George Washington Papers

To George Washington from John St. Clair, 22 June 1758

From John St. Clair

Carlile [Pa.] the 22d June 1758


I am extremely sorry that a great Quantity of Powder Horns for the second Virginia Regiment were sent up from this place before my Arrival, so there will be no possibility of getting them for you untill you arrive at Fort Cumberland, you must do the best that you can without them. I hope you have received the Kettles & Canteens from the mouth of Conegogie,1 I have received the three hundred Arms that was sent there, but by mistake they have sent me up the two hundred Hatchets, which likewise shall be sent up to you to Fort Cumberland.2 I have enclosed you a march Route for a hundred of the N: Carolina Provincials that ought to be at Winchester, they will serve for an Escort for Mr Walkers second Convoy of Provisions. You’ll please tell the Commanding Officer that any Carriages he may want upon his march shall be paid for upon his giving them a Certificate of their Service. The other two hundred of them that arrived in Alexandria are to march up by Fort Frederick3 I wish you with all my heart a good march and hope soon to have the pleasure of Joining you. My Compliments to Mr Commissary Walker, tell him a Commissary is sent down to Alexandria to take Care of the N: Carolina Provincials there; and that he’ll be so good as victual those at Winchester. I am Sir Your most Obedt & most humble Servant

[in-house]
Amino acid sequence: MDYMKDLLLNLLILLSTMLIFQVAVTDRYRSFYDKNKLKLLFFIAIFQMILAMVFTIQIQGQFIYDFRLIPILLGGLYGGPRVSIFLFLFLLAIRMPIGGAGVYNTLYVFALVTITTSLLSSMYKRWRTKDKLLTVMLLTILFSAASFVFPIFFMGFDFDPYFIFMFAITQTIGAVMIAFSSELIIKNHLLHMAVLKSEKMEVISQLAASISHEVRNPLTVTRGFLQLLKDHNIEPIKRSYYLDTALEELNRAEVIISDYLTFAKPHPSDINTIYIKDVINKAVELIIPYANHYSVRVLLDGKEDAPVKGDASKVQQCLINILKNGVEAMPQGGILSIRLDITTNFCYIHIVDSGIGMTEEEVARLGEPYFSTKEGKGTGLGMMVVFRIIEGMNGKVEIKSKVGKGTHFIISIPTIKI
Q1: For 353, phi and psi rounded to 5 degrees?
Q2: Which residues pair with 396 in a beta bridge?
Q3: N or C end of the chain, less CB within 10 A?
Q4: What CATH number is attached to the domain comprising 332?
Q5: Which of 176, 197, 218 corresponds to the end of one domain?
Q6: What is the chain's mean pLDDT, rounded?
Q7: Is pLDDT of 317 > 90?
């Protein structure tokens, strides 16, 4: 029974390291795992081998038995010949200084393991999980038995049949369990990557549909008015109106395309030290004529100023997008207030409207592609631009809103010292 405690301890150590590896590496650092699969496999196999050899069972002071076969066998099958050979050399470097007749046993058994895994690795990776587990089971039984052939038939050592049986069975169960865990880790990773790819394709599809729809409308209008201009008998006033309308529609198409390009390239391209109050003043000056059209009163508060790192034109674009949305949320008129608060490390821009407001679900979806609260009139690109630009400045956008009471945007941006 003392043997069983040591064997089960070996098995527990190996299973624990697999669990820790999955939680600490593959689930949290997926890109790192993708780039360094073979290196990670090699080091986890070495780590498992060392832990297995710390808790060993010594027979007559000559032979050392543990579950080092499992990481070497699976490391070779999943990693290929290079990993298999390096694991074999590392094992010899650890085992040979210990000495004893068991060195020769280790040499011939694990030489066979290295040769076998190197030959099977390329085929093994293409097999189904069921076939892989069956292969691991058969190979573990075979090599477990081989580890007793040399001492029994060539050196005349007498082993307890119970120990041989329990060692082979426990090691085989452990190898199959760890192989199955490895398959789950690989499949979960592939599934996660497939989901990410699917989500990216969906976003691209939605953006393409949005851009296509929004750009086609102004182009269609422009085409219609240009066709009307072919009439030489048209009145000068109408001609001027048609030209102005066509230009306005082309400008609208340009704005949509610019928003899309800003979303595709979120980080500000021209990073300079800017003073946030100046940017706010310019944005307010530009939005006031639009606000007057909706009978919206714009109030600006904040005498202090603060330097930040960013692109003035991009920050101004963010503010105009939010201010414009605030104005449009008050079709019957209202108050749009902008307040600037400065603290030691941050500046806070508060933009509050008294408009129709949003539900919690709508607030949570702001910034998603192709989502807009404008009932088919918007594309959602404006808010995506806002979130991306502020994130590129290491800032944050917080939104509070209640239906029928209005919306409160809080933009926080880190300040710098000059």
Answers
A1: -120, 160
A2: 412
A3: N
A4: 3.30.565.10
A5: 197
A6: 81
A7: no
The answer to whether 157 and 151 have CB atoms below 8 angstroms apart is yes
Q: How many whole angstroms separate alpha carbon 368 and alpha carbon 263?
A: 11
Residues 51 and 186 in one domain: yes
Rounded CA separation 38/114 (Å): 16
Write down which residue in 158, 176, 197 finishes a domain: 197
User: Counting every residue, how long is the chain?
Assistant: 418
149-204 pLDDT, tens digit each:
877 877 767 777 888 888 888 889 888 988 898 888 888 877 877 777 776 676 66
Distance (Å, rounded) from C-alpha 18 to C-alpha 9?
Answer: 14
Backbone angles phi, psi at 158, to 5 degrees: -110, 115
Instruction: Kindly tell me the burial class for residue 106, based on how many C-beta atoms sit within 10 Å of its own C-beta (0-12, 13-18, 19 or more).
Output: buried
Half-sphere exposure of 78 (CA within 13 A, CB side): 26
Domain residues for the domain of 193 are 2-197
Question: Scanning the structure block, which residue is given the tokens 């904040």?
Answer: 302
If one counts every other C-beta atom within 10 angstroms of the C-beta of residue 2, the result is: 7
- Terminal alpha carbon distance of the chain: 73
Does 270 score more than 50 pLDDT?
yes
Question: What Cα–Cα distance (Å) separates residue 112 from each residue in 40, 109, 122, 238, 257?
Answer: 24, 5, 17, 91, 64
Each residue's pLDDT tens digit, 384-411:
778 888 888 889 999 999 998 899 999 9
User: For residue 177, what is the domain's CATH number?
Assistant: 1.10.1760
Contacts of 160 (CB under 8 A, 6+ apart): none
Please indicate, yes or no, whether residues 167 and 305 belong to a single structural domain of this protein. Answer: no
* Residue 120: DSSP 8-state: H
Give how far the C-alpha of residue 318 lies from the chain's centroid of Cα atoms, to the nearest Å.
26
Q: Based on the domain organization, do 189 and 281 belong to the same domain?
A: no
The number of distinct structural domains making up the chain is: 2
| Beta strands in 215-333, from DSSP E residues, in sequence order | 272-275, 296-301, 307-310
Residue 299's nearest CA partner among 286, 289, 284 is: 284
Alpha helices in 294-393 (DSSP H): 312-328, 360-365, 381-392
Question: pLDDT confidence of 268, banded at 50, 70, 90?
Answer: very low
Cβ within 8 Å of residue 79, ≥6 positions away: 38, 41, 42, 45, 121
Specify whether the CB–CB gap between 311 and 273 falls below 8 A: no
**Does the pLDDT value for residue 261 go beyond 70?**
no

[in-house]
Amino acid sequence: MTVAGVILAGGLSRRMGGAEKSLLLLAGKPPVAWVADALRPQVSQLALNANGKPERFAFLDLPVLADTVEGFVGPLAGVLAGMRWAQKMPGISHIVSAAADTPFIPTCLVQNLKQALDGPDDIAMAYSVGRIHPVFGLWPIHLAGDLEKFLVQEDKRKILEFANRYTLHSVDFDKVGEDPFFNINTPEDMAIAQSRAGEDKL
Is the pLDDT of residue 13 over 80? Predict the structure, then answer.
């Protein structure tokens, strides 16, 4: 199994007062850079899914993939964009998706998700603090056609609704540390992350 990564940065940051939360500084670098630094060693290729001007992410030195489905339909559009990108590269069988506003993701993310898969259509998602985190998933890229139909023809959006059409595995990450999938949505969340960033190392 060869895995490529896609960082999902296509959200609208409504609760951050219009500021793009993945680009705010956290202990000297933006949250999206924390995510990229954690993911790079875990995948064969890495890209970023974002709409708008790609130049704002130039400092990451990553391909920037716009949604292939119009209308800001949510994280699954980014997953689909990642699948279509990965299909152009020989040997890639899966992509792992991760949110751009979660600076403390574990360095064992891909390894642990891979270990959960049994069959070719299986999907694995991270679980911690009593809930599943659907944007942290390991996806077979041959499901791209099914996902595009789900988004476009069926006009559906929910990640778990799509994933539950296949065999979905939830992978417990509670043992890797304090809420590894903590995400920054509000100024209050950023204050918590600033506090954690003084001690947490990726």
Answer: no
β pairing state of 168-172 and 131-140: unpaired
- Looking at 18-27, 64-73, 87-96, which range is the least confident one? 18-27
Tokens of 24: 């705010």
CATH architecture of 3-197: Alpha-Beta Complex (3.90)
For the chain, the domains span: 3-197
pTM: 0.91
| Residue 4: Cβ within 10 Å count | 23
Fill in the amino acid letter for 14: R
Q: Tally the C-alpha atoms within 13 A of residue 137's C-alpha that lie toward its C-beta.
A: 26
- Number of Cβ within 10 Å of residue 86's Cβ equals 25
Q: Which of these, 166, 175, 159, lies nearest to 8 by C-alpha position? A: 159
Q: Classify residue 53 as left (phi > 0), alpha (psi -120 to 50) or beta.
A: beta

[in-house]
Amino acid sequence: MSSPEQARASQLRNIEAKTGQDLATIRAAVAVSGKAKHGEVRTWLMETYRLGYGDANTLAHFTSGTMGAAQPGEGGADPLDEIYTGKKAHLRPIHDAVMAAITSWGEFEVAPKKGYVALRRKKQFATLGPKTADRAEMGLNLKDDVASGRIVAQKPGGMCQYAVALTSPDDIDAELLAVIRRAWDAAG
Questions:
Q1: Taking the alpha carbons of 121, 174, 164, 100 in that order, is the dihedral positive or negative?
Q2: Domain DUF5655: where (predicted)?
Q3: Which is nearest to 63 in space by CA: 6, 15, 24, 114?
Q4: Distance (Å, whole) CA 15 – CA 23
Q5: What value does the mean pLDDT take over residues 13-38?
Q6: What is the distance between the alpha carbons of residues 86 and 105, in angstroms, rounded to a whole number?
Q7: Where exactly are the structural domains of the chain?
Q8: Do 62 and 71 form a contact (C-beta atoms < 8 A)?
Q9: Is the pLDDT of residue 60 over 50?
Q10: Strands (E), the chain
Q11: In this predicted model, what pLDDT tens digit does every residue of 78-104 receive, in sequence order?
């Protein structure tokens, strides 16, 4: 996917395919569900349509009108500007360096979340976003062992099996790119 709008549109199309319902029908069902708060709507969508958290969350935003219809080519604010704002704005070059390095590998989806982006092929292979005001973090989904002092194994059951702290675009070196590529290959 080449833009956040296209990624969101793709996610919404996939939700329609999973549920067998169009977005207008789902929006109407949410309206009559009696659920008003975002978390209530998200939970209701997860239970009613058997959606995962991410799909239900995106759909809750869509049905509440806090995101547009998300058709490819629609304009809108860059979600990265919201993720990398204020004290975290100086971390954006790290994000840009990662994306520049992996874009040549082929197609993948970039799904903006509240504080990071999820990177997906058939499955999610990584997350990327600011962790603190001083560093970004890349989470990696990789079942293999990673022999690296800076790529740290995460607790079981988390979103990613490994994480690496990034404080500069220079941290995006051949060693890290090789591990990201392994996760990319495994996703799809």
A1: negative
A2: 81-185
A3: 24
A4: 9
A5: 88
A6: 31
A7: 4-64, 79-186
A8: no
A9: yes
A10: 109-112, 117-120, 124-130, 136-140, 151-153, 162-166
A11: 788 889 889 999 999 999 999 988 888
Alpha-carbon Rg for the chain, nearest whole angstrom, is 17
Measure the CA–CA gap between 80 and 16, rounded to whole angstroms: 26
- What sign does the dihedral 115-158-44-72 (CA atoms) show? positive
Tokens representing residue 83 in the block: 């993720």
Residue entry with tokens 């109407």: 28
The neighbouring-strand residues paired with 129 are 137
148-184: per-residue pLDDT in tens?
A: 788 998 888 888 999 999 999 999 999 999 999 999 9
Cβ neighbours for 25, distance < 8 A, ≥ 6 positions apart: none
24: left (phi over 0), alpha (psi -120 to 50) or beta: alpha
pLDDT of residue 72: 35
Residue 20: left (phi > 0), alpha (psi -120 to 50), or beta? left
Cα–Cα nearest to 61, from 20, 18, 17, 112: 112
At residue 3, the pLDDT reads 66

John St clair

The Black is arrived.4

LS, DLC:GW. The letter is in the hand of Lt. James Sinclair; the postscript is in that of John St. Clair.

1For GW’s listing of the supplies received from Carlisle, including kettles and canteens, see GW to St. Clair, 23 June, especially note 5.

2For other references to these hatchets, see Horatio Sharpe to GW, 20 June, n.1, John Kidd to GW, 21 June, and GW to St. Clair, 23 June.

3For the “march Rout,” see GW to Hugh Waddell, 24 June. For the plan to have the North Carolina troops conduct Commissary Thomas Walker’s second wagon train of provisions from Winchester to Fort Cumberland in July, see GW to William Byrd, 24 June. Forbes wrote St. Clair, 16 June: “Governour [Arthur] Dobbs without orders has sent 200 of the No. Carolina people by sea to Alexandria and marches 100 more by land to Winchester, so you will give orders for their being taken care of and victualled, and order them directly up to Join us” (ViU: Forbes Papers). St. Clair responded on 23 June: “I have sent orders for the N. Carolina Provincials to march from Alexa to Fort frederick [Md.], and have sent them a Commissary, those who arrive at Winchester March to fort Cumberld the 8 of July wt. a Convoy from Mr Walker” (ibid.). The two Carolina companies that came up to Fort Frederick from Alexandria worked until mid-July on the road being cut from that fort to Fort Cumberland. They then on July 20 marched under the command of Major Waddell to join Forbes’s forces at Fort Loudoun, Pennsylvania. At Fort Loudoun on 21 July, Waddell returned as present 49 of 73 in his company, including the officers; and Capt. John Paine returned 55 (of 78) in his company (ibid.). Ten days later, Bouquet writing from Raystown reported to Forbes that “Two North Carolina companies are arriving at the camp, reduced to 96 men, including countless invalids; and tomorrow we shall have the third from Cumberland 46 men strong” (Stevens, Bouquet Papers description begins Donald H. Kent et al., eds. The Papers of Henry Bouquet. 6 vols. Harrisburg, Pa., 1951-94. description ends , 2:290–93). The third Carolina company came up from Winchester where they had arrived on 5 July. Beginning in August Bouquet used the small North Carolina forces in the building of his road from Raystown toward Fort Duquesne.

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